Objective: To assess whether dietary intervention in free-living healthy subjects is effective in improving blood pressure levels.
Design: Open randomised, controlled trial.
Setting: Free-living healthy subjects in two rural villages in north-eastern Japan.
Participants: Five hundred and fifty healthy volunteers aged 40-69 years.
Interventions: Tailored dietary education to encourage a decrease in sodium intake and an increase in the intake of vitamin C and carotene, and of fruit and vegetables.
Main outcome measures: Blood pressure, dietary intake and urinary excretion of sodium, dietary carotene and vitamin C, and fruit and vegetable intake data were collected at 1 year after the start of the intervention.
Results: During the first year, changes differed significantly between the intervention and control groups for dietary (P = 0.002) and urinary excretion (P < 0.001) of sodium and dietary vitamin C and carotene (P = 0.003). Systolic blood pressure decreased from 127.9 to 125.2 mmHg (2.7 mmHg decrease; 95% confidence interval, -4.6 to -0.8) in the intervention group, whereas it increased from 128.0 to 128.5 mmHg (0.5 increase; -1.3 to 2.3) in the control group. This change was statistically significant (P = 0.007). In contrast, the change in diastolic blood pressure did not significantly differ between the groups. In hypertensive subjects, a significant difference in systolic blood pressure reduction was seen between the groups (P = 0.032).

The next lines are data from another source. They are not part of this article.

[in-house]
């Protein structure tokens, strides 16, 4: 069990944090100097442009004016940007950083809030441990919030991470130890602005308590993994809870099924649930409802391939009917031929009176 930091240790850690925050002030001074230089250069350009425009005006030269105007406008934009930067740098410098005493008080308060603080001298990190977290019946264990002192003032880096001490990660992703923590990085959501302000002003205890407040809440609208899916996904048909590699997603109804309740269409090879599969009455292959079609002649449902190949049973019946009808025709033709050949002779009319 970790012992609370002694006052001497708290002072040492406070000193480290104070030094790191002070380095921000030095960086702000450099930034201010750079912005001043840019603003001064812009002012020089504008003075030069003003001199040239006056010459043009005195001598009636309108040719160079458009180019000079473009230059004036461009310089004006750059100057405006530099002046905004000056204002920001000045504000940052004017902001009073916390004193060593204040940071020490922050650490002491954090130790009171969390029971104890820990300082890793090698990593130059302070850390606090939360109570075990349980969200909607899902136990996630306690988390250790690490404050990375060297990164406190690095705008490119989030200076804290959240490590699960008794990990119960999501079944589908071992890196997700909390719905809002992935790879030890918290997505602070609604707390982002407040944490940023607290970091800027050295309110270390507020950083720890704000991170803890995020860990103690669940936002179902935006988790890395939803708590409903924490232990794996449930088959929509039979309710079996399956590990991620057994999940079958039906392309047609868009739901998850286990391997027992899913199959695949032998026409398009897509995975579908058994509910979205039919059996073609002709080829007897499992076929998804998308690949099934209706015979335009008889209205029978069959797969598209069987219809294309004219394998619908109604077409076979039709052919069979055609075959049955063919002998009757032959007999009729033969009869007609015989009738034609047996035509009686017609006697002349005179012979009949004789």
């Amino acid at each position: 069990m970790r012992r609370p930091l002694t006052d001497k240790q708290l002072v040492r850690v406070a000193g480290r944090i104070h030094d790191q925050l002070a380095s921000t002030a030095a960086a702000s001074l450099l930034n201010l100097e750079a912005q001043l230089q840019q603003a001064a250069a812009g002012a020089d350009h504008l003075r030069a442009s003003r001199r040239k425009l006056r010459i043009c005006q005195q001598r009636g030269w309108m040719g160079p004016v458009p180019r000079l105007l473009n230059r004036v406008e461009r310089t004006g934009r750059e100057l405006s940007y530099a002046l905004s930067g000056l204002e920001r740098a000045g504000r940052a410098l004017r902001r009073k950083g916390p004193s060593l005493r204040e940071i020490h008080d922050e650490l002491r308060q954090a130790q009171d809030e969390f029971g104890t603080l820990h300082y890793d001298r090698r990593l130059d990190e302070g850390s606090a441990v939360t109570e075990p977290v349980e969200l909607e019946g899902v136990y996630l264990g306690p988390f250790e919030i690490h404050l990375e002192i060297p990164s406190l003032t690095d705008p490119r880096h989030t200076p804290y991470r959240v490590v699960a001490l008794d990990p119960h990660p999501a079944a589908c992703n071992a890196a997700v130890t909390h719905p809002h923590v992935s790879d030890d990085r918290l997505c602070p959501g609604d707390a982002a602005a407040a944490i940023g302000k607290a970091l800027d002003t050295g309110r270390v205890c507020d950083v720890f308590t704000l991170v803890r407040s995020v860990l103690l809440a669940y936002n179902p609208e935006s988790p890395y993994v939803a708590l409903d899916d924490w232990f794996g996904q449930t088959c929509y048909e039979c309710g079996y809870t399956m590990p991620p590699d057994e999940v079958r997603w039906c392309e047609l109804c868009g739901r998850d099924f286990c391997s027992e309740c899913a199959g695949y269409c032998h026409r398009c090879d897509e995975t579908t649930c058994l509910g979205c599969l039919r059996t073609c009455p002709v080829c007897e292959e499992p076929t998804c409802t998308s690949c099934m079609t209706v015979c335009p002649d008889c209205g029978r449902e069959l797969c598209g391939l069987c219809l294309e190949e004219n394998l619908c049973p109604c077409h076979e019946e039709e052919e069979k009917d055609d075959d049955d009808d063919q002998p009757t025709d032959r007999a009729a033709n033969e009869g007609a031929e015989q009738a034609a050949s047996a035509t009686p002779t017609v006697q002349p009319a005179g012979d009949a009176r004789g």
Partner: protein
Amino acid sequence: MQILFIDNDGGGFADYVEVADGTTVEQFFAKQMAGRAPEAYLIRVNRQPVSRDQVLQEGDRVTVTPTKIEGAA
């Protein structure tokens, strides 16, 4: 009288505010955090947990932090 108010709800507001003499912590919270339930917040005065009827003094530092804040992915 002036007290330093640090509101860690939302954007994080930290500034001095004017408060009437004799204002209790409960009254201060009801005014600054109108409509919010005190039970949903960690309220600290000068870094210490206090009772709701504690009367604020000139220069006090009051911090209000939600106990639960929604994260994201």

Conclusion: Moderate-intensity dietary counseling in free-living healthy subjects achieved significant dietary changes, which resulted in a significant decrease in systolic blood pressure.